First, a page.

Quietly and reserved as ever, Eric responded "Tell me who he is or I'll wreck the car." He was in, what? fourth, fifth gear? Was that possible in a Jag? Did it matter when the scenery outside the windows was becoming little more than slashes of light and color? And every bump, oh God, every bump made her head float and her stomach want to give up the ghost as well any inclusive contents. He'd obviously gone over the edge, his fear of dying going right along with it and now he was going to take her as well in a fifty, sixty, seventy-five mile streak.

Headlights appeared before them, approaching them fast. That was because the sleek Jag was doing most of the approaching. It cut hard right, then jumped back in once it passed the car, an old Pontiac. Had they hit it, it would have been instant death, the steel-bodied Pontiac cleaving the fiberglass sporter clean through. She squealed in a nervous "eeeeeeeeeeeeeeeee" and winced, trying to shut her eyes from the rapidly oncoming obstacles and bumps. She diverted her line of sight from the right, desperately ignoring that curb that kept darting closer, away, closer still.

"There is no one!" she shouted. "Jesus Christ, there's no one, Eric! I swear there's no one!" She was shouting and hyperventilating, competing with the sound of a screaming motor. His passivity, on the other hand, was infuriating, absolutely galling. That was because he heard what he expected to hear once she uttered such a denial - unmistakable insincerity. It was dark now, but he refused to turn on the headlights, refused to turn on the dashboard lamps. About the only illumination in the interior was the idiot lamp over the speedometer warning of imminent engine trouble. All she could picture was the silver Jaguar's motor suddenly engulfed in flames, barreling down a hill at ninety? Ninety-five miles?

"Who is he, Lainie?" he repeated.

By now she was overcome. The dizziness had her head so locked into confusion and her heart fluttered so that she barely could hear the motor over her own body's blood rush. She tried as best as she could but the little man broke her down, terrified her enough to make her spill the beans. "Tim! Your cousin Tim!"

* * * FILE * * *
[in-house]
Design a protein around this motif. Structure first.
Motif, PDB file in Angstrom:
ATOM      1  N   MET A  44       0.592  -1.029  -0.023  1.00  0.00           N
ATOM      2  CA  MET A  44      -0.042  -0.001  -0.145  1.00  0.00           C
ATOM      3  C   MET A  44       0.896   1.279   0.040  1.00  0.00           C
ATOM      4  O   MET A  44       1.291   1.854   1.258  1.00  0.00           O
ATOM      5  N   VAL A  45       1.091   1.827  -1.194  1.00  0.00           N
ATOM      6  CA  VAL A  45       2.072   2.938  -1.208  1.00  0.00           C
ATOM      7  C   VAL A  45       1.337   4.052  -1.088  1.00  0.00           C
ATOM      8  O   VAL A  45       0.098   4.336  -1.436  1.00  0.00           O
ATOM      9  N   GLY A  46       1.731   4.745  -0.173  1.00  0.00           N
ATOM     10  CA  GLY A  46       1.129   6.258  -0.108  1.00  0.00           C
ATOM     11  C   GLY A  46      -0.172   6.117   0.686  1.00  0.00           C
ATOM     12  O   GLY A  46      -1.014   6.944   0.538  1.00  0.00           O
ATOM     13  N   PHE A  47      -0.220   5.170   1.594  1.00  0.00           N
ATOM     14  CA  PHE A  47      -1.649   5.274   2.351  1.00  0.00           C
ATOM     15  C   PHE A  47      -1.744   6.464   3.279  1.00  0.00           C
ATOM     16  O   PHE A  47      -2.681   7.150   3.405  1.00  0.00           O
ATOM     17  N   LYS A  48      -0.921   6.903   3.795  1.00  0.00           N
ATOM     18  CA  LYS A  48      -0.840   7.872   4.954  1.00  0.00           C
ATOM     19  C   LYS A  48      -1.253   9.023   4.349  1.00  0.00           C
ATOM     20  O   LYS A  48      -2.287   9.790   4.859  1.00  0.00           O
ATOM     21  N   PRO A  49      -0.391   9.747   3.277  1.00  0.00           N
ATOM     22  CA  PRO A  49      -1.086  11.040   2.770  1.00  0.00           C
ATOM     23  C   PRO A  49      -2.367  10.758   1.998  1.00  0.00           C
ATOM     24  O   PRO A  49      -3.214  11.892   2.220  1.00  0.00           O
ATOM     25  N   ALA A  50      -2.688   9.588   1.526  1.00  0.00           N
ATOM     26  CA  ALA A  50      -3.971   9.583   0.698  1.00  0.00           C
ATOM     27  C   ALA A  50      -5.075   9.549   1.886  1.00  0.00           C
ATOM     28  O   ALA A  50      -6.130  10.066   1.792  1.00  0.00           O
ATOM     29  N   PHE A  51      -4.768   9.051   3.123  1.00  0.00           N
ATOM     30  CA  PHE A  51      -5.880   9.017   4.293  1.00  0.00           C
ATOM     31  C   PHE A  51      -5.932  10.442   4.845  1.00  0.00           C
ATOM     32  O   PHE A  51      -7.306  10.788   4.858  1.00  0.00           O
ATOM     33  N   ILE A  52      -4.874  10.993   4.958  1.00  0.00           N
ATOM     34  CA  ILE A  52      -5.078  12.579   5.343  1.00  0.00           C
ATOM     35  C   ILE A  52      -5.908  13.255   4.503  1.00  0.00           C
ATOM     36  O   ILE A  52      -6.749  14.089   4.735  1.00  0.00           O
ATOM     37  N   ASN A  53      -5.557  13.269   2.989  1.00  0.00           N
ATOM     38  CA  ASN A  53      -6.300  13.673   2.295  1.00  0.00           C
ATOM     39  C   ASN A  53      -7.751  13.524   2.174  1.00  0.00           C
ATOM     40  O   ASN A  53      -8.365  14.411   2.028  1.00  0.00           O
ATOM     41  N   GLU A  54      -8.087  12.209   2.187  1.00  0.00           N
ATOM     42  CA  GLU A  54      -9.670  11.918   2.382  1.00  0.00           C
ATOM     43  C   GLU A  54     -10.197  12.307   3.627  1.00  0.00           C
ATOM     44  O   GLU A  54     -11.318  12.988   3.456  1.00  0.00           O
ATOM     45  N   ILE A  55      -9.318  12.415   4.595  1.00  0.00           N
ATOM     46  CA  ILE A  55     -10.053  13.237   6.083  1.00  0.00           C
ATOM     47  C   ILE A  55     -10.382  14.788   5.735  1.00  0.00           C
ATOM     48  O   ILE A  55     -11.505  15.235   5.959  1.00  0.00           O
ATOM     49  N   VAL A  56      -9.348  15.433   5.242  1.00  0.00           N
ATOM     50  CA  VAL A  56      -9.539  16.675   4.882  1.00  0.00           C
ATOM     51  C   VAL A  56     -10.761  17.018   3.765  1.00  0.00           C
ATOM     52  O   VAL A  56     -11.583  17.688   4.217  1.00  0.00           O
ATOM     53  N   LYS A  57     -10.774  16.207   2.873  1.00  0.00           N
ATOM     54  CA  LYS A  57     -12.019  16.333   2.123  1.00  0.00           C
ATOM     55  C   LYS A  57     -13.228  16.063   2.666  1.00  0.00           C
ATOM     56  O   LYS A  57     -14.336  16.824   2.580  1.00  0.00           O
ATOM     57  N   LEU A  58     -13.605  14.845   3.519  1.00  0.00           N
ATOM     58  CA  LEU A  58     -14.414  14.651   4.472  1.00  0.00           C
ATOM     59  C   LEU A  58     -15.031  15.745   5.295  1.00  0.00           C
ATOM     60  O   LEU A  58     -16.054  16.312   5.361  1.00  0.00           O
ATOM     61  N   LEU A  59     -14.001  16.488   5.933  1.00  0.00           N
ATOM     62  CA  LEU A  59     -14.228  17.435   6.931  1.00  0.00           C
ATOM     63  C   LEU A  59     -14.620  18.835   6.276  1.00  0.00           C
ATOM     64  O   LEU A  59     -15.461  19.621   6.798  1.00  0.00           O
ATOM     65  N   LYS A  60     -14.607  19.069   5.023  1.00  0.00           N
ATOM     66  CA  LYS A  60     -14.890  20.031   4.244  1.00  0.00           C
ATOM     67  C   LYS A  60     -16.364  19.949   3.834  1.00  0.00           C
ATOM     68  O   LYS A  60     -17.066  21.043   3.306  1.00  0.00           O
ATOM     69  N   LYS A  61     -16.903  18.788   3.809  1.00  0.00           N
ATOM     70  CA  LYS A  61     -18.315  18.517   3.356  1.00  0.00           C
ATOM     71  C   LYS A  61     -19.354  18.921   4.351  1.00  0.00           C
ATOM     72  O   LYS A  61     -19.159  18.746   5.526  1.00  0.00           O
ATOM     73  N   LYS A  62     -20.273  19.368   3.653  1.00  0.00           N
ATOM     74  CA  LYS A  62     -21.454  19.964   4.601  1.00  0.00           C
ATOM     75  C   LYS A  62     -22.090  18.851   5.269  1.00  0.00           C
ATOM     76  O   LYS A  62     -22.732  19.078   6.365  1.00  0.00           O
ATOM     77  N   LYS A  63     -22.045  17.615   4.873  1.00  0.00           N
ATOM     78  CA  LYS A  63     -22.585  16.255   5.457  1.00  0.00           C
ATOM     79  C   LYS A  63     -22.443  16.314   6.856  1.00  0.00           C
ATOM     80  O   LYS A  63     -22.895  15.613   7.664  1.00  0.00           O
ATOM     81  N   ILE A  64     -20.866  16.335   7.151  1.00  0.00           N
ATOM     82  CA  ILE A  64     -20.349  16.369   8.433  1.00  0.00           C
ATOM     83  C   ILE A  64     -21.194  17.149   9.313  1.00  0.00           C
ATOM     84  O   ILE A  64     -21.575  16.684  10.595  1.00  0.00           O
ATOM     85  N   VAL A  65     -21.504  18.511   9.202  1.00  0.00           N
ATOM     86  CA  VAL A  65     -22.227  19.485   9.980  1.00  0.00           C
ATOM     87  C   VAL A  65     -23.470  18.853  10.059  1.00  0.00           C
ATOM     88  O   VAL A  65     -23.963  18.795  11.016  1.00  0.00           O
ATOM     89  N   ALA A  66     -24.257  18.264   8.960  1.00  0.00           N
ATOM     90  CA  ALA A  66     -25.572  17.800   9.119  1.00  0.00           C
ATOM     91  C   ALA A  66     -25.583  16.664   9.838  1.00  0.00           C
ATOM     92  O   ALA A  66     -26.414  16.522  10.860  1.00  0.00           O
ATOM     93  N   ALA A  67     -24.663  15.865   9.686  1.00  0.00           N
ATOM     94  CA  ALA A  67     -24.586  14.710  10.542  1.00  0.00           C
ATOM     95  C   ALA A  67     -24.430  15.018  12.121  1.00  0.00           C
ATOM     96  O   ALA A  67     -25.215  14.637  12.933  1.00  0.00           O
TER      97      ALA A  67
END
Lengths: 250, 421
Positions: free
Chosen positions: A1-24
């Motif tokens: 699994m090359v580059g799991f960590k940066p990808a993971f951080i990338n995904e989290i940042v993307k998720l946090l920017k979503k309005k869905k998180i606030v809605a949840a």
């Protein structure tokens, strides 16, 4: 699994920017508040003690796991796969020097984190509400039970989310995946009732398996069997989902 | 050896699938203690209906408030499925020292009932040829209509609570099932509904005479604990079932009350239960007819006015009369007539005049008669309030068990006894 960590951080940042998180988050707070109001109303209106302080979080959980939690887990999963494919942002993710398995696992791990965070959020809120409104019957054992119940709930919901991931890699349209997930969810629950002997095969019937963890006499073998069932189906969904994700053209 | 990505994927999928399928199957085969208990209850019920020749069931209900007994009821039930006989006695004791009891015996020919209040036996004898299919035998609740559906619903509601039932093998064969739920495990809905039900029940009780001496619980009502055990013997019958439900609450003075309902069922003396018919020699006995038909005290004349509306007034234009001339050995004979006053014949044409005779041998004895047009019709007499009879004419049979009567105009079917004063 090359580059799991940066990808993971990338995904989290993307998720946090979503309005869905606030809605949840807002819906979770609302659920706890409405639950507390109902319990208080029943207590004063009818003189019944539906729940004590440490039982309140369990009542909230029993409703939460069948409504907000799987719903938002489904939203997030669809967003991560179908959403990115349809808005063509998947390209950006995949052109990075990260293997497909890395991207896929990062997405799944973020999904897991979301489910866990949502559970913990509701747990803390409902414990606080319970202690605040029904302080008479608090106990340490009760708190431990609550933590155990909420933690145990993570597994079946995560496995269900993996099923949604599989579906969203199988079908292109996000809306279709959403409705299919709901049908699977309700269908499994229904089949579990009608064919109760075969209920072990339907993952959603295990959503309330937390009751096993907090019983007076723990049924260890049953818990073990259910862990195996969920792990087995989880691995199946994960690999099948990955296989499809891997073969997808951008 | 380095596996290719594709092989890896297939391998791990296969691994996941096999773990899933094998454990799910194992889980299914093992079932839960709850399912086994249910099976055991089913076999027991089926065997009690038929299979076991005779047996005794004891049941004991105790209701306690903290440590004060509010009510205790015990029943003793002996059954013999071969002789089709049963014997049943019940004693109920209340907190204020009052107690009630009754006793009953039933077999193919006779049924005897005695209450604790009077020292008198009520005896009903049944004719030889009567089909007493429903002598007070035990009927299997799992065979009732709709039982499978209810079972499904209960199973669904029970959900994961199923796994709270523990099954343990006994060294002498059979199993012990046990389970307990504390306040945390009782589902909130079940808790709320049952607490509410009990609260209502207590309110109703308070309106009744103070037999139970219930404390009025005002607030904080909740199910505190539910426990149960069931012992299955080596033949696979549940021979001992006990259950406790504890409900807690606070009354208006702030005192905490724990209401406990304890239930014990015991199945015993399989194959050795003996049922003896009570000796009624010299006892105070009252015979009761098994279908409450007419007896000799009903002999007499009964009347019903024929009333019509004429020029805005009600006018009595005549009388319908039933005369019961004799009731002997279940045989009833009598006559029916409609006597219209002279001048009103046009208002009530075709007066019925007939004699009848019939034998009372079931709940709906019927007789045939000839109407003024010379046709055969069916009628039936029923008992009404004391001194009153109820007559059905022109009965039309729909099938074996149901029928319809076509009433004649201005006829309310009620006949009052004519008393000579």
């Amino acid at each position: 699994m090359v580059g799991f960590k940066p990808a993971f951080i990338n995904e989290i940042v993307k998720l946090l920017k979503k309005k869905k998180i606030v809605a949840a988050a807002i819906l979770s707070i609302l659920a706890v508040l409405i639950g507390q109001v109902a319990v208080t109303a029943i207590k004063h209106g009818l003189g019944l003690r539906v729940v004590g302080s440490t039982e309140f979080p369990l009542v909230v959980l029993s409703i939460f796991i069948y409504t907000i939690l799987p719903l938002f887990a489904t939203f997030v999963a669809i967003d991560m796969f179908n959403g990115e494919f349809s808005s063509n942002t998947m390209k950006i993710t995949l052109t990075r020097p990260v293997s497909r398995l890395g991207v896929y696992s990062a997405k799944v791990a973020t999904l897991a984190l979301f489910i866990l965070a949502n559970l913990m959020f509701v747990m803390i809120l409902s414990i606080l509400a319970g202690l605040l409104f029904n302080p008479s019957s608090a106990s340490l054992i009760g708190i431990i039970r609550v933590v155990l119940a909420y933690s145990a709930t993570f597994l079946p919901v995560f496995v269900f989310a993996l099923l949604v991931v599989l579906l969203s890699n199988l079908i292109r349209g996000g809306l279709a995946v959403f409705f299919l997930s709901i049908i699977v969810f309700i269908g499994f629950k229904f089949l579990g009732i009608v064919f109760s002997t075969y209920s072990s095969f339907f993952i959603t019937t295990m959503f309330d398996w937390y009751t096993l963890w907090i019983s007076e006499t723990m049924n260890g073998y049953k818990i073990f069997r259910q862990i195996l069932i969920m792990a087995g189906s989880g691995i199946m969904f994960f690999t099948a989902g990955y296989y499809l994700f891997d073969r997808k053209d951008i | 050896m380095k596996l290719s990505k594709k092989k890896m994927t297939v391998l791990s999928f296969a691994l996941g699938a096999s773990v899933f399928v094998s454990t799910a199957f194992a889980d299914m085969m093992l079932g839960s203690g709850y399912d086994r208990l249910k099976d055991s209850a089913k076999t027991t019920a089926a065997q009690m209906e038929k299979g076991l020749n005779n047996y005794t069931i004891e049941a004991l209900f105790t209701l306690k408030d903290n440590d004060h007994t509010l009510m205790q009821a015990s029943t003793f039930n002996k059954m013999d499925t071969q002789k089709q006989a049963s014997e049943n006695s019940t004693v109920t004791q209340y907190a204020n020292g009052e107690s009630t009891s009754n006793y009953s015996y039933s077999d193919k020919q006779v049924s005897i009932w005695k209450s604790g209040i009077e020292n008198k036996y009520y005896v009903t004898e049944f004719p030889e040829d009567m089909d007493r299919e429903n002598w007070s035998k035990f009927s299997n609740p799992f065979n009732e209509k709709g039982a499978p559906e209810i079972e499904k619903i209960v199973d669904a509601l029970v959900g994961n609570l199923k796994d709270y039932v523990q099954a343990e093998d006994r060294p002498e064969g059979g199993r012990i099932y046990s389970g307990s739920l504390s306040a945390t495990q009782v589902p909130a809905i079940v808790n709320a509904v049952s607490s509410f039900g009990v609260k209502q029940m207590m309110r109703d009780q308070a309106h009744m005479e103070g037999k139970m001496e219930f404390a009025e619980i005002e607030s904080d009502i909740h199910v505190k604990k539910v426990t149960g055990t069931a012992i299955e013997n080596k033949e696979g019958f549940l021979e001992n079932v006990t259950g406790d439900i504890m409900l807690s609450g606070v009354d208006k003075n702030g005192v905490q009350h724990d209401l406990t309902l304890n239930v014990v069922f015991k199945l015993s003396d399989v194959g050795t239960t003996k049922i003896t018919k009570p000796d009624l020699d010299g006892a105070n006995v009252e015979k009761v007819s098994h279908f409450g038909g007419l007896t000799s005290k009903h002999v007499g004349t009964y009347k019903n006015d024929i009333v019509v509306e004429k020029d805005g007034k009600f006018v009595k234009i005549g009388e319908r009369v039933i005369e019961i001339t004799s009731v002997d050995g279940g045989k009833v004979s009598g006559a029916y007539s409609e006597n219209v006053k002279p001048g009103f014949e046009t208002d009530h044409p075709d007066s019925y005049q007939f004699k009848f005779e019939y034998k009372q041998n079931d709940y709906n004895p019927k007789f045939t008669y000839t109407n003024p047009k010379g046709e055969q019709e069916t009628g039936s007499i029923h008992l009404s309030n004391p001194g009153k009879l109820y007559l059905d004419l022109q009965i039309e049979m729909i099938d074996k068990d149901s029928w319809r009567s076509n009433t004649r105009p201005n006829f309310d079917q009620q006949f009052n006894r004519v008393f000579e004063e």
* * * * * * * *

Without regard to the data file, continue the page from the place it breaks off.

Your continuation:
The turns came fast and furious and Eric wove all over the road as if it were sheeted with black ice. "Tim." he mulled, thinking how possible, how probable, the concept was. The erratic driving didn't stop. It only got worse, and forced Lainie into stricken, confessional screeds at the top of her lungs. "You're gonna kill us, Eric? You're gonna kill us both?! I had him on our bed, Eric, on our bed, like an animal, drunk and stupid and you know what? That one time was better than all the times you had me combined! I left him staggering like he was hit by a truck! Then we did it again; Hell, we did it right under your nose! You wanted to know, honey? Now you know!!" She slashed with her words as deftly as with a stroke of a razor blade, each one cutting him deeply inside but he refused to offer her an ounce of satisfaction. The austere, stone-faced resolve continued.

Eric flipped the headlights on, slowed the car down with careful pumping on the anti-lock brakes, not the suggested thing to do as, it caused the wheels to skip and slightly shudder, but that was exactly the grace note he was seeking. The silver Jag eased into the side of the road, coming to a complete stop. There, with the car idling in neutral as if nothing had happened, he stared out at the road that was now vaguely lit by his front lamps. Lainie broke into a deep, throaty laugh; a laugh made with equal parts of light-headedness, dizzy disconnectedness and a tinge of absent-minded dementia. She gasped with a congested rasp, like her lungs could go at any second and taunts rose from her, unfettered. "I knew" Gasp. "You didn't have the nerve" Gasp. "To crash the car with us" Gasp. "You're such a coward." Wheeze, rattle.

"You're right, hon." he admitted freely. "I really wasn't gonna crash the car." By now, her breathing was labored and strange, caught in the throes of something other than the after-effects of potent panic. "I just wanted to get you all worked into a tizzy, that's all. That way, the poison in your coffee would kick in faster." At that, she started to reach for him, perhaps to strangle him, perhaps to beseech his forgiveness and beg for a non-existent antidote, but it mattered little. The breaths came too hard, her chest rising and falling like a bird's heart and far worse, paralysis had overtaken the rest of her body.

He kept his eyes fixed on the road, right up to and including her long last clamberings for a precious breath, and when it started to sound like the emptying of a half-clogged sink drain, he turned the CD player back on.

"Say you're a winner / But man, you're just a sinner now."

x x x